In four scenes, instead of the original 55, Tan's The Peony Pavilion tells the classic story of the lovesick maiden Du Liniang and the scholar Liu Mengmei. Du and Liu first meet in a dream, and when Du awakens without her love she falls ill and dies from loneliness. She leaves behind a self-portrait, which Liu uses to resurrect his ghostly wife. Tan used only a few instruments—the bamboo flute, lute, the guqin (zither) and percussion—as well as the sounds of water for an elegant, sparse interpretation of the Chinese classic written by Tang Xianzu (1550-1616).
Tan performed his arrangement for two years in a garden in Suzhou, a picturesque town outside the city of Shanghai, where it was seen by Maxwell Hearn, Asian Art Curator for New York's Metropolitan Museum of Art. Hearn invited Tan to bring the performance for a special showing in New York City.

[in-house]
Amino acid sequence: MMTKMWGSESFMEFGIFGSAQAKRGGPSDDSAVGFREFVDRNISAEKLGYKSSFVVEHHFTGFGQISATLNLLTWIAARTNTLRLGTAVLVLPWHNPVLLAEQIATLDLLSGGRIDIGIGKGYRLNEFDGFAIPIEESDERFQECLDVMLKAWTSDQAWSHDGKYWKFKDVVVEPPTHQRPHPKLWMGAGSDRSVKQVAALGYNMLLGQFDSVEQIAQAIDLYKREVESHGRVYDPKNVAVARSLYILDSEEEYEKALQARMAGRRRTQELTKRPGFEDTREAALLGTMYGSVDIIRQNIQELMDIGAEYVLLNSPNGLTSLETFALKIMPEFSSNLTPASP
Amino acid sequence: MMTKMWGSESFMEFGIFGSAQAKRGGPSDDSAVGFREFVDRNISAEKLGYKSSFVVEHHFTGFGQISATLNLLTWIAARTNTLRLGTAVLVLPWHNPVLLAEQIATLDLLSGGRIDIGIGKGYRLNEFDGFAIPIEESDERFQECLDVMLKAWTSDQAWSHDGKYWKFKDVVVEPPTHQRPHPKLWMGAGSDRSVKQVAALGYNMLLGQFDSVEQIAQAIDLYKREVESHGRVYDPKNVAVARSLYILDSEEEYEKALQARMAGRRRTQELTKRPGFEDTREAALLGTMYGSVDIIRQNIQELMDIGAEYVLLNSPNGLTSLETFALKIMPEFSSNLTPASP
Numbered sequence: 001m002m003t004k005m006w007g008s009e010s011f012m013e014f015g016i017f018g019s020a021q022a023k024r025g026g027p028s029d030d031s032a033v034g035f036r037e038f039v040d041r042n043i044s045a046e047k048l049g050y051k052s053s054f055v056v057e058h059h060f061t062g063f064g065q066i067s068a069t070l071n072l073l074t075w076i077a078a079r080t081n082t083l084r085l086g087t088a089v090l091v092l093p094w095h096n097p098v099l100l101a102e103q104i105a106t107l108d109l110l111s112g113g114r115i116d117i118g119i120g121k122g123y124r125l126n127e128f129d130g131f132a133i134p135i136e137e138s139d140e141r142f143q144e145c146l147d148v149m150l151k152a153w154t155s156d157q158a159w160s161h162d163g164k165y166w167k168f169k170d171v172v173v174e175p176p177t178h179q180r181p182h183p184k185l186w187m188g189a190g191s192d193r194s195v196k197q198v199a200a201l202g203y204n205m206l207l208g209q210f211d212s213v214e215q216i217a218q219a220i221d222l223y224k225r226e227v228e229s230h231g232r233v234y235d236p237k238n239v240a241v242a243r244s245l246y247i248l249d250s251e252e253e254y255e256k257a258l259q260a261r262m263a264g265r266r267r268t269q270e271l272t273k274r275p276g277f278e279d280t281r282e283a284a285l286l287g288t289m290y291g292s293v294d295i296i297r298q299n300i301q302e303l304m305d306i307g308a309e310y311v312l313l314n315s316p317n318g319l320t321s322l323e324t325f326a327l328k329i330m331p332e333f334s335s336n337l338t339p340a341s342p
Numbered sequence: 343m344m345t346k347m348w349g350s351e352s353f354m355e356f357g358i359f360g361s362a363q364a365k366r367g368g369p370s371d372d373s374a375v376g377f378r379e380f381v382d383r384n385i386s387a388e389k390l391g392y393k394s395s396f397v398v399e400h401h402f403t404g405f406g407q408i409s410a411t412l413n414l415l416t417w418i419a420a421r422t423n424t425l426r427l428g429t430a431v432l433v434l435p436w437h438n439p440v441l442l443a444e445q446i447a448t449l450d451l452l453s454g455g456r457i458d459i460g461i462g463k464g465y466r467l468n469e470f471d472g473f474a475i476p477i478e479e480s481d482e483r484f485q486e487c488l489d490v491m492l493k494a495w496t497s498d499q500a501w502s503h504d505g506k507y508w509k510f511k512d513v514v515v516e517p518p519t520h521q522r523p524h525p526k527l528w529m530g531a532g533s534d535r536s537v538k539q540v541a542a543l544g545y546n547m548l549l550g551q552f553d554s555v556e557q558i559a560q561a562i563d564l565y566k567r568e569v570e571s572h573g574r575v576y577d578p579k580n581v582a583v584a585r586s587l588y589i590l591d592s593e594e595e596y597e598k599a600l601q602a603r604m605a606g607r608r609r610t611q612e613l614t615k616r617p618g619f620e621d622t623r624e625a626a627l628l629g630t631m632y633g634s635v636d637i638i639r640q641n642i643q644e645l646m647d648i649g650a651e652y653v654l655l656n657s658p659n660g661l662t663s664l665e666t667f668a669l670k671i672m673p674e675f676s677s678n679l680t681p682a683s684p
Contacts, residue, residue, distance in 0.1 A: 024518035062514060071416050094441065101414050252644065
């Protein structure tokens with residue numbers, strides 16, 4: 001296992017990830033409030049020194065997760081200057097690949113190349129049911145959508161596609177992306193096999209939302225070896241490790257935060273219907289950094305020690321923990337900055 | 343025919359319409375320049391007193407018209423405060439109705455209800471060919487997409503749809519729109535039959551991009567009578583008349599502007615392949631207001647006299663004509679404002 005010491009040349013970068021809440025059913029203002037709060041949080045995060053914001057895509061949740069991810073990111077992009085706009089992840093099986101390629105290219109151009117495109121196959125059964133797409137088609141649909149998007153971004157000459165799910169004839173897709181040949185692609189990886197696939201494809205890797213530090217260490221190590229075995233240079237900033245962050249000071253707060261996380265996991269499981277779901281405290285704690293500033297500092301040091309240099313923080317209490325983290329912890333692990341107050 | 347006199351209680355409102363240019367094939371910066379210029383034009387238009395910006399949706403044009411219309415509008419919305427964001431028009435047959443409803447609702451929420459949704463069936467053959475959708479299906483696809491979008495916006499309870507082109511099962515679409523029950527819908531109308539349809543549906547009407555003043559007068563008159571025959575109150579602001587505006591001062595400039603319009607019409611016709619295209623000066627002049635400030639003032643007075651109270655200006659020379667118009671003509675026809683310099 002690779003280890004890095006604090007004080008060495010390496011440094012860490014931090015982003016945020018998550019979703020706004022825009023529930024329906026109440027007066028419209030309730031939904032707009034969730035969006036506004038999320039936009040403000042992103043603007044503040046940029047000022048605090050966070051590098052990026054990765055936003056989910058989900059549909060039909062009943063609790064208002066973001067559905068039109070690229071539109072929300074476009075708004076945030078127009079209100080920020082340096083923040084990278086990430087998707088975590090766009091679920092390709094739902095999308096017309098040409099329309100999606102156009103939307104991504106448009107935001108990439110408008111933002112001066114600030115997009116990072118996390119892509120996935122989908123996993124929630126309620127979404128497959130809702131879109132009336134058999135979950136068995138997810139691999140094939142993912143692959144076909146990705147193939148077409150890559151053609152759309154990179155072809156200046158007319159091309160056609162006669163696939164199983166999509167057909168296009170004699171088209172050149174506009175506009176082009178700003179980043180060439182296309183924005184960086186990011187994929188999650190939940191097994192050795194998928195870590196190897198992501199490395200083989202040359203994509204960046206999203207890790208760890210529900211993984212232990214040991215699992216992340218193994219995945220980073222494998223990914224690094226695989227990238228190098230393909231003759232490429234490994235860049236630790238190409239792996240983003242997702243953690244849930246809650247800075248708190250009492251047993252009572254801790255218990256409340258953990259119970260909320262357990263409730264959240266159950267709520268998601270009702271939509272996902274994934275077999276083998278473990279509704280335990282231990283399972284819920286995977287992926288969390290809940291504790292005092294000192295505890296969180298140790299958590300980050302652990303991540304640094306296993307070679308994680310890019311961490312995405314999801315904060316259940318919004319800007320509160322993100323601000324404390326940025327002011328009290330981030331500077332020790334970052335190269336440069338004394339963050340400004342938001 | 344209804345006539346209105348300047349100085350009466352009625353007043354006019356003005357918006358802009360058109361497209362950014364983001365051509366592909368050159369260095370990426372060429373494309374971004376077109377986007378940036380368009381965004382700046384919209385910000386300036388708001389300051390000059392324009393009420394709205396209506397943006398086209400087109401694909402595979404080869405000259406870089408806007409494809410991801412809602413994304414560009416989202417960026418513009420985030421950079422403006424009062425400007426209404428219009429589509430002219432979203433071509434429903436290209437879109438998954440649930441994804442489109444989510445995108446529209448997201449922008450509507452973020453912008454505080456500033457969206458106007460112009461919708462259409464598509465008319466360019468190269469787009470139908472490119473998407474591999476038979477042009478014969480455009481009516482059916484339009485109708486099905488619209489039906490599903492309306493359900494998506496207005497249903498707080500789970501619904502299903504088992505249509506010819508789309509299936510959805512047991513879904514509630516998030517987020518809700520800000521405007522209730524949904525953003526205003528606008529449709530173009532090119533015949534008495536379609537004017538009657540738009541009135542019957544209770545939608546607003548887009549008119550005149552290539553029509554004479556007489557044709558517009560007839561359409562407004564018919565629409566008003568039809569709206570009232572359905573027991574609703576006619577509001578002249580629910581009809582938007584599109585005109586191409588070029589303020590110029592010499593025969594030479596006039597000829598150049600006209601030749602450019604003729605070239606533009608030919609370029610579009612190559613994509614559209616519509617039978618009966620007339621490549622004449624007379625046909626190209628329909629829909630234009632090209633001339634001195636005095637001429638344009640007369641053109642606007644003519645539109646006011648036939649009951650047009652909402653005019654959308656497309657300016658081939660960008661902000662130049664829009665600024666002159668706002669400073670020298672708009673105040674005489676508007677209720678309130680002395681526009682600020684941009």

"The one challenge we have is that the garden is very small and the fire code prevents us from having more than 50 individuals in the garden as an audience, because of the number of people who are in the performance itself," said Hearn.
Zhang Ran, who played the maiden Du Liniang, said adapting the opera to the gallery space was difficult.
"We are much closer to the audience in [the New York Met's] Astor Court. Each of our movements and expressions on our faces and in our eyes is closely observed by the audience, which is a greater challenge for us," she told Beijing Review.